Topdown drone shots are some of the most fun and creative types of photos you can take with your drone. Read these quick tips by Paul Anthony to learn how to take interesting topdown drone shots.
This has to be the single most important aspect of achieving these types of shots. You want the viewer to instantly assume what they are looking at is a structure and you’re performing some sort of act on it. To achieve that, make sure your body is loose. For the image below the keys to it are my hand placement, making sure my hand looks like it’s actually holding on to the edge. My back arch, a slight bend in my back gives the illusion that I am leaning and the natural momentum that occurs if I was actually doing this! My feet are pointing. Again, if I was actually doing this my feet would naturally be pointed in this direction. Lastly, the act of balancing would put my free arm in this naturally lose, floating like motion away from my point of contact!
You’re using relatively straight and symmetrical lines and shapes to create these shots. So be sure you position your drone directly above the subject and area you’re capturing. Being even slightly off on centering will cause this weird warp to the final image that some will notice.
3. Get a Volunteer
Bring a spouse, friend, or in my case my two sons to help! Trying to achieve these shots while flying the drone is hard! With a volunteer, you can direct them to get the look you’re going for!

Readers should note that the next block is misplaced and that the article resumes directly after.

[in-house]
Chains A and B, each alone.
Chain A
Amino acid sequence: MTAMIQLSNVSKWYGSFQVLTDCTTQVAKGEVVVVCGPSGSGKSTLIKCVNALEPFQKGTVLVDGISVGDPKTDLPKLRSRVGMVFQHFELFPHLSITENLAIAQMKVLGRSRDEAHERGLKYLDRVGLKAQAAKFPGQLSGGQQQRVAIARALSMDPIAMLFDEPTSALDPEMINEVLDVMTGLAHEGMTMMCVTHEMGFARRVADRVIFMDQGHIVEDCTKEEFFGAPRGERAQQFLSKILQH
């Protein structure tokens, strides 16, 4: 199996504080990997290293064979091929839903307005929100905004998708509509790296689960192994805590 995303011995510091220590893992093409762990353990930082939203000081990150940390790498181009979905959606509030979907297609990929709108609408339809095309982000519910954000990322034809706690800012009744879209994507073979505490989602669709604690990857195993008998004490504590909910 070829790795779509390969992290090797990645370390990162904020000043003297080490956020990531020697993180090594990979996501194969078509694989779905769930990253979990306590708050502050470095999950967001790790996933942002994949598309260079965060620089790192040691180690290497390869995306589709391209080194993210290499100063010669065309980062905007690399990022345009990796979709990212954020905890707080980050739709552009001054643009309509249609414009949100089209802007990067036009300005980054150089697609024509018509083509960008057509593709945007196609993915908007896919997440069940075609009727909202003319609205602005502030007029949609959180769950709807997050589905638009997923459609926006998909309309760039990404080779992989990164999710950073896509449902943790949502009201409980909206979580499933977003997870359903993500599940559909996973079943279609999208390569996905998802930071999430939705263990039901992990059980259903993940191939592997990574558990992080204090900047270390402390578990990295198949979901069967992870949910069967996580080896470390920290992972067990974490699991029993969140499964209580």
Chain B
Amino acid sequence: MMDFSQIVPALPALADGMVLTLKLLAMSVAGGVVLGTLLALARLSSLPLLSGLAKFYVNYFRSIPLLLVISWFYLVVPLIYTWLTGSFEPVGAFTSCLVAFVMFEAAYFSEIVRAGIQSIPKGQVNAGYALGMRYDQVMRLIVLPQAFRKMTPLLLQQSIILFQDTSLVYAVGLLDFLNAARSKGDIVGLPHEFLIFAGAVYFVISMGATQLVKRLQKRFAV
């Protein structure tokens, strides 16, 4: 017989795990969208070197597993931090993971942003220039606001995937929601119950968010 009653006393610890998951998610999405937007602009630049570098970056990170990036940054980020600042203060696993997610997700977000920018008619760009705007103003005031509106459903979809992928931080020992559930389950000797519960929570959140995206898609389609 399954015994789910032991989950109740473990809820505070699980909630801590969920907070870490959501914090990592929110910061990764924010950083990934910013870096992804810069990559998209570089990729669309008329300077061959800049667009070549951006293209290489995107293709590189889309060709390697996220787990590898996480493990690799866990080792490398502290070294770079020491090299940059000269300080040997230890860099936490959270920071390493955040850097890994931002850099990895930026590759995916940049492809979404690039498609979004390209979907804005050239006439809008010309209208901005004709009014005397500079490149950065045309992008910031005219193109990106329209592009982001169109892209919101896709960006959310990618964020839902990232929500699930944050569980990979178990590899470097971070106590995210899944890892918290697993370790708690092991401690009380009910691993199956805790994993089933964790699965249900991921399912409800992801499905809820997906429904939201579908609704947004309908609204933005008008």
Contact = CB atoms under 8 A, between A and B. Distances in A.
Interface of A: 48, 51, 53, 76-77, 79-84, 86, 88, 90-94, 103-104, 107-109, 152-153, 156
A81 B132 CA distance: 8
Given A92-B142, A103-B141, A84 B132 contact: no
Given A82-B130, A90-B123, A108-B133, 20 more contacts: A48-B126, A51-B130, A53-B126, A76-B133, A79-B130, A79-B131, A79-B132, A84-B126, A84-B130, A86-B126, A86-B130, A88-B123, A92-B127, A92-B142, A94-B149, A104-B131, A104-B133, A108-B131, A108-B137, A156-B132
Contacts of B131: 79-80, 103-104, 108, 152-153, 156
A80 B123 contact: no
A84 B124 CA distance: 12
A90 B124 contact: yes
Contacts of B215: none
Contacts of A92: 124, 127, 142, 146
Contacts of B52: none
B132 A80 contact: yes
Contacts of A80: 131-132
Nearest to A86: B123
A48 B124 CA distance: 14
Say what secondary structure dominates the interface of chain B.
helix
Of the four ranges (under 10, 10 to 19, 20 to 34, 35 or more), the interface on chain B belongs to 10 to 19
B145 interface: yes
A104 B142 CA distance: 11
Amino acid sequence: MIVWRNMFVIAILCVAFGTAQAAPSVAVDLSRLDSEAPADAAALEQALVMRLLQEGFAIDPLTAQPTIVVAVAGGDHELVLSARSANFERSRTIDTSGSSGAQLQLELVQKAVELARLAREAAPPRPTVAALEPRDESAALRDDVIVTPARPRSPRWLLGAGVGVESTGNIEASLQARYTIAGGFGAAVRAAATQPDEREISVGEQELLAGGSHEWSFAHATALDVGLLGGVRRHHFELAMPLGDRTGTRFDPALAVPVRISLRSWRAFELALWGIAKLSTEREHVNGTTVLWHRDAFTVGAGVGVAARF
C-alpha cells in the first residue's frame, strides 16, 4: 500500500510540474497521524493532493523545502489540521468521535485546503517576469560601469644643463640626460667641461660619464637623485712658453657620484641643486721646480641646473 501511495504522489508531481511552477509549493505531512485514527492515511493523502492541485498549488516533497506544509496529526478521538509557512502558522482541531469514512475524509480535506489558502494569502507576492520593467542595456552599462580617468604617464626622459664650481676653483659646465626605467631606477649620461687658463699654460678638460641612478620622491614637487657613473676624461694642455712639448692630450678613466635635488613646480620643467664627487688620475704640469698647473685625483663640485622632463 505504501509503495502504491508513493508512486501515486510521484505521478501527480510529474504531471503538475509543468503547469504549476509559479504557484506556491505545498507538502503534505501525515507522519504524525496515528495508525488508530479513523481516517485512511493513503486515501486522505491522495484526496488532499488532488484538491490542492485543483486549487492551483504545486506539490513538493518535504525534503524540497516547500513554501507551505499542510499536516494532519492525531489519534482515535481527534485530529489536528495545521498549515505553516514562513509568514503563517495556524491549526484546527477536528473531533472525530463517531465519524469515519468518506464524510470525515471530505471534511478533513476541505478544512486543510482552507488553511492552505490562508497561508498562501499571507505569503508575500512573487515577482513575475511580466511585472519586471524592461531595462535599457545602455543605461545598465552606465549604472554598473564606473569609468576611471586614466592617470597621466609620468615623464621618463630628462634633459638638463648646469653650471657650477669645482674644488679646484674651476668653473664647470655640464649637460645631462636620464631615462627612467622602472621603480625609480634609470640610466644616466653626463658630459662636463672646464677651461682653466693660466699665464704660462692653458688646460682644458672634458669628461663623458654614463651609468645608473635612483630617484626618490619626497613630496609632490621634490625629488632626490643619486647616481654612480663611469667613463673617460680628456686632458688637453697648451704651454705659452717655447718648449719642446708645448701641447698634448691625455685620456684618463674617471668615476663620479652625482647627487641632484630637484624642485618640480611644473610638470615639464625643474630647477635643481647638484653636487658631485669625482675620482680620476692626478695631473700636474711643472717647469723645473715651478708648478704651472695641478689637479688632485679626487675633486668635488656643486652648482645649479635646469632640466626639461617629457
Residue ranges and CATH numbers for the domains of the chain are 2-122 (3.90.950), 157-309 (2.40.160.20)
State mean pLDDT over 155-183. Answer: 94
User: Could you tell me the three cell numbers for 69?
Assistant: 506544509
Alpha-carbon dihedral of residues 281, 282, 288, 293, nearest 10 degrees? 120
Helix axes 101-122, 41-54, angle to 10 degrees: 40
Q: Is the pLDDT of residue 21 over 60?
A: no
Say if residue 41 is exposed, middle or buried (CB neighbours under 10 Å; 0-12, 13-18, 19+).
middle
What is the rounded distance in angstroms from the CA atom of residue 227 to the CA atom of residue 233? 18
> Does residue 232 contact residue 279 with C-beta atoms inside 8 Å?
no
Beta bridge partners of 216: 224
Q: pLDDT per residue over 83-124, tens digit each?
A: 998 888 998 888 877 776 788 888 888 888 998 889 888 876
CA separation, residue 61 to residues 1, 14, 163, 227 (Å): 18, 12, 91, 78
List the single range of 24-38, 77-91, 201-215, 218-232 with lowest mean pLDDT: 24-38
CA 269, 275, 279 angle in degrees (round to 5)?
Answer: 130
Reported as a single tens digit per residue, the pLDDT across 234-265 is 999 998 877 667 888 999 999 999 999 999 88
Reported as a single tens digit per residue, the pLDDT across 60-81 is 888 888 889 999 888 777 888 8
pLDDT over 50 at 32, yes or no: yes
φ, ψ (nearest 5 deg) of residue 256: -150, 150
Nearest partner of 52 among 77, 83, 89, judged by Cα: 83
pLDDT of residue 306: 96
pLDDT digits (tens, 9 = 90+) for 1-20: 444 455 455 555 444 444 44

Be creative! Achieving these shots are fun and different so extend on that and really push the limits. Props can really add to these shots and set you apart from others!
You’re trying to create an illusion. The last thing you need is hard shadows messing with the eyes of the viewer. For these 2D shots, I try to do them on overcast days. Eliminating the shadows help create the illusion you want!
You can have your subjects or yourself in really any clothing unless you’re going for a certain theme or idea. But you really have to watch out for loose clothing. If anything you’re wearing is too loose it will go against the eye’s perspective of what it is seeing and you will begin to notice that it is not a structure but a flat surface. Tuck loose clothing in where you can!
Now I’ll be completely honest, every shot in this series is from only 2 different courts. One is a basketball court and one is a tennis court. Neither of the two looks anything like these colors. With that being said, there are plenty of courts out there with some interesting and amazing colors to use to your advantage. But, if you just have boring courts near you just simply change the colors! It is a little easier said than done but if I can do it with Lightroom mobile then it’s very possible and fairly easy. Take your time, make sure your colors make sense and mesh well together, and don’t fight against the colors your subject(s) are in!
Want to learn more about editing drone shots in lightroom? Check out our post about 10 basic and easy steps in Lightroom to improve your drone photography.
A drone’s worst enemy in so many ways! This doesn’t change with these types of shots and if anything it’s more impactful to the final image. Going hand and hand with perspective from above, you don’t want to try to fight the wind to maintain your perspective and symmetry.